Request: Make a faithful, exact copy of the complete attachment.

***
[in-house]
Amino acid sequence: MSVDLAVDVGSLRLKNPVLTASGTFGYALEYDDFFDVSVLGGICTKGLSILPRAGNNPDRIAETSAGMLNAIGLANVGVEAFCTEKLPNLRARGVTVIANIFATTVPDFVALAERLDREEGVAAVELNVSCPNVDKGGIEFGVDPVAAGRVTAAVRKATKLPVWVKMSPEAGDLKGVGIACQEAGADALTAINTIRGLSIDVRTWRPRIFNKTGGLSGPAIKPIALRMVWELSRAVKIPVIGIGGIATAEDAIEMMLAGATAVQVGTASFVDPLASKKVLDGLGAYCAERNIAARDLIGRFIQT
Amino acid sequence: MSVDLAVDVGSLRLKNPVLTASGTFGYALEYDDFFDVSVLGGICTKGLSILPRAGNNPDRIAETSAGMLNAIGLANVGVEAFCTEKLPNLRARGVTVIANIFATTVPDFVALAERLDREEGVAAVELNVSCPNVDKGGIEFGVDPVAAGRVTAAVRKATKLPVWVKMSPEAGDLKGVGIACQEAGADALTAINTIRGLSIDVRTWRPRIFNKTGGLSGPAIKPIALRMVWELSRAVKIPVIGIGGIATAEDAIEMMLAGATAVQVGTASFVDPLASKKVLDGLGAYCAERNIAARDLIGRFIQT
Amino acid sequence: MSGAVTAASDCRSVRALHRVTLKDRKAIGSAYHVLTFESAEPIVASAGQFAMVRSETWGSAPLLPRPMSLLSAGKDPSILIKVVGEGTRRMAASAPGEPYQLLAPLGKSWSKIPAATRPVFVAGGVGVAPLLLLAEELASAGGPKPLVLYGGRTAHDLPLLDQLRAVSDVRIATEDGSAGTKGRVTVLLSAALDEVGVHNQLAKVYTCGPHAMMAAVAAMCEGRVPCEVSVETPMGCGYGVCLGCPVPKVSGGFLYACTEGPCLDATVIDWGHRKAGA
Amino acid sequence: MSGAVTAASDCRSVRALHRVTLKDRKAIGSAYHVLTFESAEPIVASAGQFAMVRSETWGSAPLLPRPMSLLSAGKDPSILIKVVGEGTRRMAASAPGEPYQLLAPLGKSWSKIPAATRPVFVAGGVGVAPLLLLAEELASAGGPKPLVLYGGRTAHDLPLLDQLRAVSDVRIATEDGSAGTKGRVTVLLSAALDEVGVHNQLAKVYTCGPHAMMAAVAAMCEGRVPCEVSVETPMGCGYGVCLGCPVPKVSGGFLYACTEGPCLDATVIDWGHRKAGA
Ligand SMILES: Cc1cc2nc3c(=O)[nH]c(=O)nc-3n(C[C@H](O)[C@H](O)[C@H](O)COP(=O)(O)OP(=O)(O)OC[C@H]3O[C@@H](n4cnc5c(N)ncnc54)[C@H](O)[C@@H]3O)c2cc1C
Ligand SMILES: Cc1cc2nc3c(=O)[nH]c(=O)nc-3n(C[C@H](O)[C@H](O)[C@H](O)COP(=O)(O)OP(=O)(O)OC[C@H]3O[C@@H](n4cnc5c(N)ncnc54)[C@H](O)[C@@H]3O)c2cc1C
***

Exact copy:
[in-house]
Amino acid sequence: MSVDLAVDVGSLRLKNPVLTASGTFGYALEYDDFFDVSVLGGICTKGLSILPRAGNNPDRIAETSAGMLNAIGLANVGVEAFCTEKLPNLRARGVTVIANIFATTVPDFVALAERLDREEGVAAVELNVSCPNVDKGGIEFGVDPVAAGRVTAAVRKATKLPVWVKMSPEAGDLKGVGIACQEAGADALTAINTIRGLSIDVRTWRPRIFNKTGGLSGPAIKPIALRMVWELSRAVKIPVIGIGGIATAEDAIEMMLAGATAVQVGTASFVDPLASKKVLDGLGAYCAERNIAARDLIGRFIQT
Amino acid sequence: MSVDLAVDVGSLRLKNPVLTASGTFGYALEYDDFFDVSVLGGICTKGLSILPRAGNNPDRIAETSAGMLNAIGLANVGVEAFCTEKLPNLRARGVTVIANIFATTVPDFVALAERLDREEGVAAVELNVSCPNVDKGGIEFGVDPVAAGRVTAAVRKATKLPVWVKMSPEAGDLKGVGIACQEAGADALTAINTIRGLSIDVRTWRPRIFNKTGGLSGPAIKPIALRMVWELSRAVKIPVIGIGGIATAEDAIEMMLAGATAVQVGTASFVDPLASKKVLDGLGAYCAERNIAARDLIGRFIQT
Amino acid sequence: MSGAVTAASDCRSVRALHRVTLKDRKAIGSAYHVLTFESAEPIVASAGQFAMVRSETWGSAPLLPRPMSLLSAGKDPSILIKVVGEGTRRMAASAPGEPYQLLAPLGKSWSKIPAATRPVFVAGGVGVAPLLLLAEELASAGGPKPLVLYGGRTAHDLPLLDQLRAVSDVRIATEDGSAGTKGRVTVLLSAALDEVGVHNQLAKVYTCGPHAMMAAVAAMCEGRVPCEVSVETPMGCGYGVCLGCPVPKVSGGFLYACTEGPCLDATVIDWGHRKAGA
Amino acid sequence: MSGAVTAASDCRSVRALHRVTLKDRKAIGSAYHVLTFESAEPIVASAGQFAMVRSETWGSAPLLPRPMSLLSAGKDPSILIKVVGEGTRRMAASAPGEPYQLLAPLGKSWSKIPAATRPVFVAGGVGVAPLLLLAEELASAGGPKPLVLYGGRTAHDLPLLDQLRAVSDVRIATEDGSAGTKGRVTVLLSAALDEVGVHNQLAKVYTCGPHAMMAAVAAMCEGRVPCEVSVETPMGCGYGVCLGCPVPKVSGGFLYACTEGPCLDATVIDWGHRKAGA
Ligand SMILES: Cc1cc2nc3c(=O)[nH]c(=O)nc-3n(C[C@H](O)[C@H](O)[C@H](O)COP(=O)(O)OP(=O)(O)OC[C@H]3O[C@@H](n4cnc5c(N)ncnc54)[C@H](O)[C@@H]3O)c2cc1C
Ligand SMILES: Cc1cc2nc3c(=O)[nH]c(=O)nc-3n(C[C@H](O)[C@H](O)[C@H](O)COP(=O)(O)OP(=O)(O)OC[C@H]3O[C@@H](n4cnc5c(N)ncnc54)[C@H](O)[C@@H]3O)c2cc1C